In a presidential nomination contest in which the four leading Democrats include a woman, an African-American and a Latino, the Netroots' great hope is a blow-dried, big-haired, wealthy, middle-aged white man, not unlike the blow-dried, big-haired, wealthy, middle-aged white male nominees who have come before him.
The fascination of the Netroots for John Edwards (who has won the last 500 or so DailyKos straw polls by wide margins) is incomprehensible, unless perhaps it is that they flock to what they know and understand best? Gary Hart, Al Gore, Warren Beatty -- the 2008 version?
Is he the cool, handsome, accomplished, kind big brother they always wanted?
Or could it be ... a man crush? If so, I can't say I blame them. Hard to have a man crush on Hillary Clinton (and not just because she's a woman) or on Bill Richardson (sorry); and as for Barack Obama, maybe they're still a little scared of the consequences.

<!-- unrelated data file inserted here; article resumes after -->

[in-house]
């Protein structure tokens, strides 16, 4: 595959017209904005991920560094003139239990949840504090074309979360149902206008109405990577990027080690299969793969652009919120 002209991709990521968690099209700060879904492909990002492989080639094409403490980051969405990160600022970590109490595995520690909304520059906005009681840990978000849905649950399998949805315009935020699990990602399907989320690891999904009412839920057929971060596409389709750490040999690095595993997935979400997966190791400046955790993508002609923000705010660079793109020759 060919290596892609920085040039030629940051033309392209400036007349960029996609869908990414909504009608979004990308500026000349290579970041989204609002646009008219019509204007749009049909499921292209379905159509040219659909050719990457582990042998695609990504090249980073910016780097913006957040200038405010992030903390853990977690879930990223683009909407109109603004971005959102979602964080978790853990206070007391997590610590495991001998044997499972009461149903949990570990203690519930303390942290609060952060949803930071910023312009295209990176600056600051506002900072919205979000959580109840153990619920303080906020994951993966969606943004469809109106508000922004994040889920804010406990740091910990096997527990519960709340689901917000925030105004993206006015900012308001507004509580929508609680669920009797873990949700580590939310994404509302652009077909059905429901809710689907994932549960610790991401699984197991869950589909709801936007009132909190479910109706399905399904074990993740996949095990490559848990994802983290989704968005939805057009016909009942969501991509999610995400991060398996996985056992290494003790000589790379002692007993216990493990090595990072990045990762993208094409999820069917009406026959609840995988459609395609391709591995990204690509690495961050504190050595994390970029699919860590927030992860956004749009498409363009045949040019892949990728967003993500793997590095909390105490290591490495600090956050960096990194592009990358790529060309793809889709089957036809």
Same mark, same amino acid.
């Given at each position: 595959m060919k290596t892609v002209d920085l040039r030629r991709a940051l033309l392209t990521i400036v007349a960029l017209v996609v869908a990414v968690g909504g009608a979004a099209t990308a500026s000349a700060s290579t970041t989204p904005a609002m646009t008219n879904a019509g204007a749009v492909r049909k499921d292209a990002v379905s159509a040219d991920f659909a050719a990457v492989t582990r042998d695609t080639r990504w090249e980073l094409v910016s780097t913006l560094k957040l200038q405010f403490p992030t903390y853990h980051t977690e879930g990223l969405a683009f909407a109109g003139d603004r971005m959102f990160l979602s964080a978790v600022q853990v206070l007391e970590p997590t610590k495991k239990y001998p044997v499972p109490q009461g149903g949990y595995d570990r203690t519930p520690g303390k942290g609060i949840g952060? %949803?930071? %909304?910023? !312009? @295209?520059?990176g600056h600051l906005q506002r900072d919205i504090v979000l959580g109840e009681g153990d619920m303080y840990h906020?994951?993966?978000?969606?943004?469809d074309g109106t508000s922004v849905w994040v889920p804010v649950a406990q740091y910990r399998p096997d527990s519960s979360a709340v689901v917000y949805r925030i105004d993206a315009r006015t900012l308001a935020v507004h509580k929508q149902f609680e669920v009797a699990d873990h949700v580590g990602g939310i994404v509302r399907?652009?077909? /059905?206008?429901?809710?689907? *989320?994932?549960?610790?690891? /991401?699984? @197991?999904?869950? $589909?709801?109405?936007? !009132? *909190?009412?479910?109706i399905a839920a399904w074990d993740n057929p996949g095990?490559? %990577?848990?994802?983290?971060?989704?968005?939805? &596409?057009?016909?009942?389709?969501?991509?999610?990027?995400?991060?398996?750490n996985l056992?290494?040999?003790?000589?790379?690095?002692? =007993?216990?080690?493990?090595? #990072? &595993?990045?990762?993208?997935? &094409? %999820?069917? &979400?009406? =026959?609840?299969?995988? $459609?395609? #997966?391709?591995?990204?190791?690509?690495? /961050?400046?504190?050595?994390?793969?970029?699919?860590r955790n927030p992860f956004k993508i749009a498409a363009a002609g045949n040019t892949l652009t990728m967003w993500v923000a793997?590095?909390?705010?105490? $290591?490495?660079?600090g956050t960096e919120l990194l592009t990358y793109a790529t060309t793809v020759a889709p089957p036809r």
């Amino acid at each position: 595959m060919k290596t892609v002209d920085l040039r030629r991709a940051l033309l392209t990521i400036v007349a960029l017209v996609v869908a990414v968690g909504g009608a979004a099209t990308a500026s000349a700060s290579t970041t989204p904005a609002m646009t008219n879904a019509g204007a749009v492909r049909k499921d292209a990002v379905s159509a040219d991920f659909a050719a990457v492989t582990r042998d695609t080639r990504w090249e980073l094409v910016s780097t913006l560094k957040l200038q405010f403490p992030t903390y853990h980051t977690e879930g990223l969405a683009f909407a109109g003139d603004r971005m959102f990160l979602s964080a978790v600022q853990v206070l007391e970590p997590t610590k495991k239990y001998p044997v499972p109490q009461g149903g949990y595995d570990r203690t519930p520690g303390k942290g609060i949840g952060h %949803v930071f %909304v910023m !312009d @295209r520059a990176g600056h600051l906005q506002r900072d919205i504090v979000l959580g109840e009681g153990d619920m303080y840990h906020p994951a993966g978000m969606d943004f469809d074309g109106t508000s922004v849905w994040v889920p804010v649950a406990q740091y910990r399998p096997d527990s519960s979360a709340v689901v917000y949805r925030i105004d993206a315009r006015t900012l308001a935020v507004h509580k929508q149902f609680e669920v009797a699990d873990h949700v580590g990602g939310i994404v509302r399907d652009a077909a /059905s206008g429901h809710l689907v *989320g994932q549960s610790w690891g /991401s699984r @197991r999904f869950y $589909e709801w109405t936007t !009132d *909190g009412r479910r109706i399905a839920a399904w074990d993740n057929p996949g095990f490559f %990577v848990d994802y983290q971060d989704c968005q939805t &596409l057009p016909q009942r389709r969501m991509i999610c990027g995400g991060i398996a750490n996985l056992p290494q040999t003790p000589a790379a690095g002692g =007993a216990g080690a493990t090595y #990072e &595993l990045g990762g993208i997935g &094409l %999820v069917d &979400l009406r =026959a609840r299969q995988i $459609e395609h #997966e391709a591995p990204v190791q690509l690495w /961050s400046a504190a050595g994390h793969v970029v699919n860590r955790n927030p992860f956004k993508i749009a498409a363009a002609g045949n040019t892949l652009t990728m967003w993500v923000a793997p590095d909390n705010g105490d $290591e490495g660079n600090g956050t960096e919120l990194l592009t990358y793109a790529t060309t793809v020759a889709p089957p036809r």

And they know they shouldn't be so smitten. They know that Edwards is not good for them, that those big old red flags (the war and pretty much anything he's ever voted on) will be ignored at their own peril, that in the end he will disappoint them and embarrass them in front of their friends.
Or maybe it is that the Netroots recognize, just in time, that Democrats are "advocates for every other group except for white males," as Virginia Gov. Mark Warner, a Democrat, put it to the author of the recently published The Neglected Voter: White Men and the Democratic Dilemma (seriously).
After all, with Nancy Pelosi firmly ensconced as House speaker, a whole dozen women in the Senate, two Latino and one African-American Senators, the white men of the Democratic Party have gone over and beyond what should be expected. Or at least over and beyond what the G.O.P. has done. Well, except for the first black Secretary of States and Latino Attorney General; that was a Republican thing.
Anyway, no less than Toni Morrison confirmed way back in 1998 that we HAVE had a first black President in Bill Clinton, who is now campaigning appropriately hard to make sure we don't get a second one.
Whatever spell Edwards has cast over these hardened lefties, the good news is that actual voters are more resistant to his dimpled charm. The bad news is that they seem to be falling for another kind of siren, Hillary, but at least no one can accuse them of being love-blind, perhaps just overly pragmatic.